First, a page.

Read more about the case: Facing Foster Care in Alaska v. HHS
Americans United for Separation of Church and State and Lambda Legal, together with the law firm Orrick, Herrington & Sutcliffe LLP, today declared victory on behalf of Kelly Easter, an East Nashville, Tenn., woman who for more than two years had been denied the opportunity to foster refugee children through a federally funded program solely because she is a lesbian. After she filed a federal lawsuit, Easter v. HHS, the taxpayer-funded agency involved – the U.S. Conference of Catholic Bishops (USCCB) – told the federal government it no longer has a religious objection to working with a single lesbian foster parent and has allowed Easter the opportunity to provide a safe and loving home for refugee children.
Because Easter is now being allowed to participate in the program through the U.S. Office of Refugee Resettlement (ORR), she is voluntarily dismissing her case for the time being against the U.S. Department of Health and Human Services and several HHS officials in the U.S. District Court for the District of Columbia.
Camilla Taylor, deputy legal director for litigation at Lambda Legal:
“The federally funded child welfare agency finally has allowed Kelly to apply to foster a refugee child, and she is in the process of becoming licensed. While we are glad that Kelly is now permitted to participate in a federal program and a refugee child may find a loving home with her, it is a shame that USCCB and ORR fenced her out for almost two years, and required her to file a lawsuit before determining that USCCB’s religious objections to her identity were flexible. Two years is a long time for a refugee child without a loving home. Congratulations to Kelly for overcoming discriminatory obstacles, and for her tenacity in pursuing her dream of providing a safe and loving home for a child in need.”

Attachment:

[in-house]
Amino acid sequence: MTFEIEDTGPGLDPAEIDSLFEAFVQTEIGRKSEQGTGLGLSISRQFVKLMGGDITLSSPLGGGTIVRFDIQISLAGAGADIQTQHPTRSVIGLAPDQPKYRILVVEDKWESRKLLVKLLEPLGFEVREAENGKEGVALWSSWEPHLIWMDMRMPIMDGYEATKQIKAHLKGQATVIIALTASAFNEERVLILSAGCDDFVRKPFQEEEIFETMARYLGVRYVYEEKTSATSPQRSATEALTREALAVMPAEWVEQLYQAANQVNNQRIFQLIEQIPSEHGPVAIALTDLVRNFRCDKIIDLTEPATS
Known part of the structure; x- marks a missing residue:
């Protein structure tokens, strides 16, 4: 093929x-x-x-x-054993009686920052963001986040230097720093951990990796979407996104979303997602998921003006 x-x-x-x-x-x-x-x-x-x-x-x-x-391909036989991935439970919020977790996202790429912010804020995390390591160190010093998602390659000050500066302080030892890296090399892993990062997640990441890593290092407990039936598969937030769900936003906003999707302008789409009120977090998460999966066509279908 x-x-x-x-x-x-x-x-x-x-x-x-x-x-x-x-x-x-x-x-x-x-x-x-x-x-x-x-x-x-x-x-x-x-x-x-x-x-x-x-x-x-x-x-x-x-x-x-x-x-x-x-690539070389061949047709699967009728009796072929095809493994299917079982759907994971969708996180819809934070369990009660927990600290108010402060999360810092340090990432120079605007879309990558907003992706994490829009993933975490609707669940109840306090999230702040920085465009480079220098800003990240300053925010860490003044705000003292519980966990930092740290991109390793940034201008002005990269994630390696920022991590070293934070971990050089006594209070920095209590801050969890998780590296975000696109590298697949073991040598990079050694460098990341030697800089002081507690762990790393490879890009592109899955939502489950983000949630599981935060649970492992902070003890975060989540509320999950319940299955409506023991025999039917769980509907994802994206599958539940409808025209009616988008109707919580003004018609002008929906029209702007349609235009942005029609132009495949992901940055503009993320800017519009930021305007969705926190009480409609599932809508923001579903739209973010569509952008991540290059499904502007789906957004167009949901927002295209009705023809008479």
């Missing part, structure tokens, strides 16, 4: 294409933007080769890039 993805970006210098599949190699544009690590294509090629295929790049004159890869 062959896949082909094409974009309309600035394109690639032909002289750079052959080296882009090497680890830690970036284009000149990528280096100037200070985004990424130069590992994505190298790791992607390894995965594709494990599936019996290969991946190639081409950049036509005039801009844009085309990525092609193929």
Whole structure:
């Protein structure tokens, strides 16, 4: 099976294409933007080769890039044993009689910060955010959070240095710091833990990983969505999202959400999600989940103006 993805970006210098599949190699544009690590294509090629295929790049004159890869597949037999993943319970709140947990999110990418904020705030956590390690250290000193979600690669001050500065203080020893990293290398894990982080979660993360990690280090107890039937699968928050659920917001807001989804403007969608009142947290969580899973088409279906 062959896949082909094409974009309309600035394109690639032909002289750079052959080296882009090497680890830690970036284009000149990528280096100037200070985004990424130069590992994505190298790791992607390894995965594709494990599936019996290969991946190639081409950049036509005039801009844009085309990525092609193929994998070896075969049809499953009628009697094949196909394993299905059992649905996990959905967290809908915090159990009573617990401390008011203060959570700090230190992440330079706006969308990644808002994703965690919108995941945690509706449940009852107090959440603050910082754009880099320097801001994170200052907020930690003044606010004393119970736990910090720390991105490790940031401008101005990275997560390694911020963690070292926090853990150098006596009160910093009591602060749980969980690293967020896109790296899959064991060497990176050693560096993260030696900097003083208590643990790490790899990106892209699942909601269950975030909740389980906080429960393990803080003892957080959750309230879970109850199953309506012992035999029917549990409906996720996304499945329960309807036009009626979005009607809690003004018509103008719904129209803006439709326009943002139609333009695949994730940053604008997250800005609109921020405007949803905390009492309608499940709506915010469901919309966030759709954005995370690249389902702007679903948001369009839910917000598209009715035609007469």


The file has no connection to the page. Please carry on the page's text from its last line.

Rachel Laser, president and CEO of Americans United:
“This is a win for religious freedom, Kelly Easter and the vulnerable refugee children she’ll now be able to help. But it’s a victory that should not have taken two years to achieve. The federal government should never allow a taxpayer-funded agency to discriminate against prospective foster parents because they don’t live according to its religious beliefs. Our laws cannot allow anyone to use their religious beliefs to harm others, and especially not vulnerable children and the commendable people like Kelly who want to help them.”
Plaintiff Kelly Easter:
“Providing a loving, nurturing home for a refugee child is my desire. All qualified individuals, regardless of their sexual orientation, should be encouraged to adopt, so these children may receive the best possible chance at finding a stable home. This is what I’ve wanted all along.”
While this is a victory for Easter, it’s only a partial win in the fight to ensure the federal government does not continue to sanction or enable discrimination against prospective LGBTQ foster parents by organizations that receive taxpayer funds to care for unaccompanied refugee children. USCCB’s policy may now permit single LGBTQ parents to foster children, but the agency still discriminates against married same-sex couples like Fatma Marouf and Bryn Esplin. The couple was rejected by a USCCB sub-grantee in Texas because, as a married same-sex couple, they didn’t “mirror the Holy Family” as the agency requires. Lambda Legal and Americans United also represent Marouf and Esplin in the federal lawsuit Marouf v. HHS.